## Finding Digit Strings In Powers Of Two

### September 24, 2013

We compute all the powers of two and save them in the closure of the search function so they only have to be computed once instead of each time a search is performed. We keep track of the powers of two and double at each step instead of recomputing each time from scratch:

`(define search`

(let ((twos (make-vector 10000)))

(do ((i 0 (+ i 1)) (t 1 (* t 2))) ((= i 10000))

(vector-set! twos i (number->string t)))

(lambda (target)

(let loop ((i 0))

(cond ((= i 10000) #f)

((string-find (number->string target)

(vector-ref twos i)) i)

(else (loop (+ i 1))))))))

The powers of two are stored as strings, and the search in the body of the function calls `string-find`

from the Standard Prelude to search each power of two. Here are some examples:

`> (search 42)`

19

> (search 1234567)

8792

This task was easy for us because Scheme provides big integers and conversions to strings natively; it will be harder in languages that don’t provide those features. You can run the program at http://programmingpraxis.codepad.org/hEsGGLRz.

Pages: 1 2

Rather easy in Python. The functions returns -1 of no index is found.

I rather like Haskell’s

`Maybe`

.Graham: The corresponding idiom in Scheme is to return an empty list ‘() for Nothing and a non-empty list containing the value ‘(x) for Just. Those two return values are easy to distinguish by the null? and pair? predicates, and since both are lists there is no issue of type mis-match as there would be if you returned say an integer for the value x or the boolean #f for Nothing.

Paul and Graham: I think for both of you it would be quicker to build your list of powers of two by repeatedly multiplying by two, as the suggested solution does, rather than exponentiating at each step.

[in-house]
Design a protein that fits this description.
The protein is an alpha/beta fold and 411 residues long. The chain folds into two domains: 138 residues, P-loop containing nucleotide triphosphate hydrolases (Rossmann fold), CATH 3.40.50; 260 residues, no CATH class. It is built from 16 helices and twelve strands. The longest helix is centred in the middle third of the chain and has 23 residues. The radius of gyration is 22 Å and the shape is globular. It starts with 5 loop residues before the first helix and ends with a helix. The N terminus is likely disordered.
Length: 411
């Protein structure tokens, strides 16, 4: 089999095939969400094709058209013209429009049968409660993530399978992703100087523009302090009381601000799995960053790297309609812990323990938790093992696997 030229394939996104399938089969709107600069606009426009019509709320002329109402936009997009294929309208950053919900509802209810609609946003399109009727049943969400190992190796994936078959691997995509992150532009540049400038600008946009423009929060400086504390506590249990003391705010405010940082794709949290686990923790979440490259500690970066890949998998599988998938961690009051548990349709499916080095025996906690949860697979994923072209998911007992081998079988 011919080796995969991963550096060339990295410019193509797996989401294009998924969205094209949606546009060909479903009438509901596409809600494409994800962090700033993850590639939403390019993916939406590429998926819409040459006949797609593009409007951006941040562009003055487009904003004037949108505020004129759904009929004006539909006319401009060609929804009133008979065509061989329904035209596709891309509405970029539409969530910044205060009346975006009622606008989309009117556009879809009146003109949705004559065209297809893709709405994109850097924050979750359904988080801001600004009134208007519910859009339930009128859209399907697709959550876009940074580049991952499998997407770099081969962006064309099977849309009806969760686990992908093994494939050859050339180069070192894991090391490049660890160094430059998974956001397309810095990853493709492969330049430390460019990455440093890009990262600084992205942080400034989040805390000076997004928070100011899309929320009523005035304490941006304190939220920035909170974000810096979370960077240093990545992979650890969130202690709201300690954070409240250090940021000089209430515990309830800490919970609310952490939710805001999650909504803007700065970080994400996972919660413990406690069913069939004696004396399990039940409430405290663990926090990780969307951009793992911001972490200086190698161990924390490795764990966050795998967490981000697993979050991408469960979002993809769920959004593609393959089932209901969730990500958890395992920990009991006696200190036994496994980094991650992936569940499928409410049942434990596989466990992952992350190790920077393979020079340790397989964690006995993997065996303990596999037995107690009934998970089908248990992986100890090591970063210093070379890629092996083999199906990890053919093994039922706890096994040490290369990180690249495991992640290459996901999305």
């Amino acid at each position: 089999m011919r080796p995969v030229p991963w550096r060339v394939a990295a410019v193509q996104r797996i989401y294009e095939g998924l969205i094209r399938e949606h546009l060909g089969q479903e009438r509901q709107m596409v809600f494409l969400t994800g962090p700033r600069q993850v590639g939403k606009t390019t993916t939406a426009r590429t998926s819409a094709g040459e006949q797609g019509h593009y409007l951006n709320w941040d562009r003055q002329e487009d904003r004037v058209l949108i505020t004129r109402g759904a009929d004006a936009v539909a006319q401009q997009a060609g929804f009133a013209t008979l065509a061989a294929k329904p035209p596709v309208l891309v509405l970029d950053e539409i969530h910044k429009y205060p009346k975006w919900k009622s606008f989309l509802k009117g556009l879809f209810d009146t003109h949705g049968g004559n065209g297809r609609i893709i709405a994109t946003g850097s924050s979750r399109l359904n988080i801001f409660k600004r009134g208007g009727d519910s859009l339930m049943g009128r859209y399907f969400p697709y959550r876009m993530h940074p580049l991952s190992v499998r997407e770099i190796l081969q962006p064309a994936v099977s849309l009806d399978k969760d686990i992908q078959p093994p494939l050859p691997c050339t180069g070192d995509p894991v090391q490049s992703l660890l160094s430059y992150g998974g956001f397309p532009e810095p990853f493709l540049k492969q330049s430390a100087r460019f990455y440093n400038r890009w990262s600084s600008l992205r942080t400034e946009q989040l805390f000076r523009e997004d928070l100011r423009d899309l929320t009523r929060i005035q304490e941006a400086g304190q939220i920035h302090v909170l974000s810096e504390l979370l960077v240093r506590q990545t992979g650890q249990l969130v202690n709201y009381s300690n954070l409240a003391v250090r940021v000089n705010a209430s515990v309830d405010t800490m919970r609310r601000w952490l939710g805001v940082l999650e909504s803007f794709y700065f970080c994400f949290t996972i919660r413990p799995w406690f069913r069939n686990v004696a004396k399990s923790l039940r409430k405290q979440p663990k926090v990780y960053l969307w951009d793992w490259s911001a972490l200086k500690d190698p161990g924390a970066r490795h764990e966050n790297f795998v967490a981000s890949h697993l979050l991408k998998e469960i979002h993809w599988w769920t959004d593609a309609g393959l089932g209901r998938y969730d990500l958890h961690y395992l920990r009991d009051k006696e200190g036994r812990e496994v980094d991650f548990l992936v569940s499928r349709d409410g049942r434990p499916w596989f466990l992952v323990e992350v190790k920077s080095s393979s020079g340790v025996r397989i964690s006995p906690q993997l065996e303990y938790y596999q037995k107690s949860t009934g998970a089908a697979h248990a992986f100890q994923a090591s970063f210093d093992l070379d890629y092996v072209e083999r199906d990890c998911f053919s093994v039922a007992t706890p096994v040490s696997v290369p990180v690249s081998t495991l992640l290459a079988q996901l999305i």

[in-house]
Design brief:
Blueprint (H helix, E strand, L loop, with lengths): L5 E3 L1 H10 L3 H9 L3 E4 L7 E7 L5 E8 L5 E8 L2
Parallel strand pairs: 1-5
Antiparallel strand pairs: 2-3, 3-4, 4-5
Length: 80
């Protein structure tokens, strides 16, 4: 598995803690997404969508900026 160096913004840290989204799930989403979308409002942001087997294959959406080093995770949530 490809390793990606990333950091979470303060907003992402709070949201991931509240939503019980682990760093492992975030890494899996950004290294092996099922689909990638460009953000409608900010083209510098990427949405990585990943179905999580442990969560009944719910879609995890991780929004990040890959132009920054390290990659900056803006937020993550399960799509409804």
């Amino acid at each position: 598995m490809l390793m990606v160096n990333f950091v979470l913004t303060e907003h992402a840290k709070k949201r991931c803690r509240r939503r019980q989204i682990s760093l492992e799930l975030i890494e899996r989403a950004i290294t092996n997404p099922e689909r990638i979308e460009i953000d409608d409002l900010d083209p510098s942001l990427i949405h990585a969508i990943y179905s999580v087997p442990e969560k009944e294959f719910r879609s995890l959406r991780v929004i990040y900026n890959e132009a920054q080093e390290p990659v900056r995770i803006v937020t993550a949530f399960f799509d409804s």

Indeed it is slower to use 2**i for each step. Here a version where the string representations for all powers arecalculated first (costs a little time).

Fair enough!

I like the Scheme idiom and the Python version of returning -1 (or even throwing an exception,

if the setting is right). I’m just recently somewhat enamored with Haskell’s types, though; they

make the meaning of the code clear to me in a way that these idioms don’t, I guess.

//Using Java

Double[] pow = new Double[1000];

private void calculatePOW()

{

for(int i=0;i<1000;i++)

pow[i] = Math.pow(2,i);

}

public int searchinPOW(int x)

{

int index = -1;

for(int i=0;i<pow.length;i++)

{

double power = pow[i];

if(String.valueOf(power).contains(String.valueOf(x)))

{

index = i;

break;

}

}

return index;

}

Forgive my formatting !!

In Racket:

Here is a C# solution with caching.

I used a suffix trie to store the number sequences (without the compression the your usual suffix trie has).

The numbers are stored implicitly as indexes in the children.

I also annotated the minimum base-two exponent that can reach each node in the suffix tree.

So if a digit sequence has been seen before, its O(n) performance (n = amount of digits).